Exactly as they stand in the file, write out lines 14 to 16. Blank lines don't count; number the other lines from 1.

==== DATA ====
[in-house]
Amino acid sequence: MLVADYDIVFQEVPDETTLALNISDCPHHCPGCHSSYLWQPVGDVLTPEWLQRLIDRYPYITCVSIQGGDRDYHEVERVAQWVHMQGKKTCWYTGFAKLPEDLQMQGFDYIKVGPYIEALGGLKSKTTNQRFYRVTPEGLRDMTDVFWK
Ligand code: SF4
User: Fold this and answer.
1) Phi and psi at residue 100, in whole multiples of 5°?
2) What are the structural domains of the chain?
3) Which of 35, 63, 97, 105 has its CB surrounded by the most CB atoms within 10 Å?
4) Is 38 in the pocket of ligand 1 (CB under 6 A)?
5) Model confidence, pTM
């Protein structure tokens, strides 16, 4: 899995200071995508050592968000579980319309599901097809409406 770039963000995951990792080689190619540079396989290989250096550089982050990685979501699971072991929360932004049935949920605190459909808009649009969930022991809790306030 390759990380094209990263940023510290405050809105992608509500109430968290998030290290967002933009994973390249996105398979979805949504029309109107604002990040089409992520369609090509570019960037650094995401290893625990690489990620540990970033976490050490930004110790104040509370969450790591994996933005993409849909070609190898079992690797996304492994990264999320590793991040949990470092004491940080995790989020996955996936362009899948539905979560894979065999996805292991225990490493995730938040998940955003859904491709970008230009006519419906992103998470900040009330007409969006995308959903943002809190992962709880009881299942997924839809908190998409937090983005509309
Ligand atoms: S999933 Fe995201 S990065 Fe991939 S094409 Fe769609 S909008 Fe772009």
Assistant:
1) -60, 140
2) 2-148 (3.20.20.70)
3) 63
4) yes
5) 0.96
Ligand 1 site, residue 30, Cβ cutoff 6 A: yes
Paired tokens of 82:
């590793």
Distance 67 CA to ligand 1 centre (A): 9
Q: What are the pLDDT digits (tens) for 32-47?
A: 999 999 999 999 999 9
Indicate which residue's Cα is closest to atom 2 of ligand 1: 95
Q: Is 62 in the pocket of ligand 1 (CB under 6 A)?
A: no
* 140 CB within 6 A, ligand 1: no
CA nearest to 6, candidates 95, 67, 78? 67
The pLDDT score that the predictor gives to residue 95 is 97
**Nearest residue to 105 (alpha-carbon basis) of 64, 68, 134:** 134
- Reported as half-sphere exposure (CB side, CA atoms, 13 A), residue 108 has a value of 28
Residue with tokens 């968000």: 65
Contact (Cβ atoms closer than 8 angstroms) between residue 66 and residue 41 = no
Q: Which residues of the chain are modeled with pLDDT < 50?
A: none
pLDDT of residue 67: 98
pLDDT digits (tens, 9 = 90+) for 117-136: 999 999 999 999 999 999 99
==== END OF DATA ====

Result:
2) 2-148 (3.20.20.70)
3) 63
4) yes